Say a different user is looking to make a very straightforward transaction for a specific drink using a popular coffee app. It makes perfect sense for the user to navigate to the search box and begin typing in the name of the specific drink they want to purchase. What we see is the search is capable of offering paths to conversion, however it misses the goal of getting the specific drink the user is looking for. As a result, the user ends up having to once again adapt to how the app organizes content apart from the search box, such as a “Browse” option.
Semantic Vector Searches Solves for Intent
Traditionally, search boxes have relied on lexical search, which focuses exclusively on keywords. This form of search has resulted in the frequent gaps in understanding of a user’s larger search goal. This is where semantic vector search can make a real difference. Semantic search as a term has been in use since at least the early 00s, but today refers to search based on meaning – with the inherent element of focusing on goals.
Within semantic vector search is a set of emergent technologies built around deep learning. The method of organizing content in a database is called a vector space. With vector space, the ability to organize and present content is not limited to two or three dimensions, but fifty, a hundred, three hundred dimensions. Ideas, products, documents, users, segments – a vast array of content can be plotted and retrieved in one location.
Incredible things are possible with semantic vector search functionality. For example, a user can search for a product that is not contained within a brand’s catalogue, and still receive results that are relevant to the intention of the user. Going even further, the user could search in a language that the catalogue is not translated to, and still receive results that are relevant to their search in the language of the catalogue itself.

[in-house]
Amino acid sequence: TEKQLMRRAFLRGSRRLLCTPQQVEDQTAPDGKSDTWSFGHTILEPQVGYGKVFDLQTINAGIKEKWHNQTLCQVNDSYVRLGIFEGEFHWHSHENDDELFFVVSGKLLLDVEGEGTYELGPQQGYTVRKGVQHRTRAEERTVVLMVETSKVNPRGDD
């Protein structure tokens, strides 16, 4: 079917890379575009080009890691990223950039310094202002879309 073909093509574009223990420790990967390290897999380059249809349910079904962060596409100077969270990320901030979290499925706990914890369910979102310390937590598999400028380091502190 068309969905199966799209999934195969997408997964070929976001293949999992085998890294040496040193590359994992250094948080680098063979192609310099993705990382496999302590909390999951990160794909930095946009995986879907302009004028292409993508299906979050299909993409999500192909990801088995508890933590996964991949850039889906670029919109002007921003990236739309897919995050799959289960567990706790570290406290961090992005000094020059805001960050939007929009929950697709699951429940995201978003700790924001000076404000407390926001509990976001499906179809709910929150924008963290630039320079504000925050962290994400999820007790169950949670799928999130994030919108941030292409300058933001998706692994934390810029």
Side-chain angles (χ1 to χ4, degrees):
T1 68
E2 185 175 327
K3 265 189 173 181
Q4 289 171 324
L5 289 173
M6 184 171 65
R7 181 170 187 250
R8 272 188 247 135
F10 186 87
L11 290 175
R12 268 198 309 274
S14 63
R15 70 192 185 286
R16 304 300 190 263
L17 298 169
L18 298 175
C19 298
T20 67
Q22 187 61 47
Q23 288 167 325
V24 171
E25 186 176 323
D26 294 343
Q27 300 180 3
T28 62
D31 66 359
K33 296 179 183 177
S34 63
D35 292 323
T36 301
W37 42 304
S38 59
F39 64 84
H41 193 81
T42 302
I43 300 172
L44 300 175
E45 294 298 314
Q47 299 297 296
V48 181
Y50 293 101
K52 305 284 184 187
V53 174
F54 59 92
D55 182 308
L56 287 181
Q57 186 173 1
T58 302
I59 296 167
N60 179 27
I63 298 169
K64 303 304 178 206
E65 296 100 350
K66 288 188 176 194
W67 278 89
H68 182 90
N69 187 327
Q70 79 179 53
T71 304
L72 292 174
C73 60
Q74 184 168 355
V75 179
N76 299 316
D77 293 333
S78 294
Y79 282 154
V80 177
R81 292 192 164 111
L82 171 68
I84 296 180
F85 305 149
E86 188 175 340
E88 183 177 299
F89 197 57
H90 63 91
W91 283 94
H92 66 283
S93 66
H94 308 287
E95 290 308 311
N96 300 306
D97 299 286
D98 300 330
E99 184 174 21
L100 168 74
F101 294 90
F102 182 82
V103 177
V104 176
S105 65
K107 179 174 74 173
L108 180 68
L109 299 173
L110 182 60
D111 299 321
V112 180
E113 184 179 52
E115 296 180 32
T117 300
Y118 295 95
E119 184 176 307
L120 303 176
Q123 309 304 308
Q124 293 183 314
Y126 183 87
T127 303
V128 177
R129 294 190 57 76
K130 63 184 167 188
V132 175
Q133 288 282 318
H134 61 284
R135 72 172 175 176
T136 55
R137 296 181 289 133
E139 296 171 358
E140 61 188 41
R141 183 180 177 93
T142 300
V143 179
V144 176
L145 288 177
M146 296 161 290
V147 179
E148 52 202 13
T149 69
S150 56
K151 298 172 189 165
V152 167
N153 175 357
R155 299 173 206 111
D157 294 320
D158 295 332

When applying the potential of semantic and vector search to our previous examples, we might start to see more intuitive search box results. Instead of having to navigate an entire website to understand how to put together a key lime pie recipe, the search box can understand the user’s goal of making one and deliver them to the exact content they would require. Instead of being trained to use the coffee app, the search box can have the ability to deduce what the user is looking for and give us the same depth of options as the “Browse” function.
What’s the moral of these stories?
- Relevancy is the most important user experience consideration in search.
- The user’s goal is not always inherently understandable with keywords alone.
- Even great websites struggle to understand where the user is in the buying journey.
- Relevancy is often subjective and contextual, but ambiguity is detectable.
Deep learning and semantic vector search offer superior query understanding in ambiguous scenarios. User interfaces need to evolve to respond to ambiguity and offer users viable paths in their search journey. When we go beyond the lexical search and deterministic browse paradigms that ecommerce has traditionally relied on, we can address digital business challenges that have long required tedious curation and data work. By focusing on the user goal through semantic vector search, we can create better outcomes that connect customers with the products and information they need.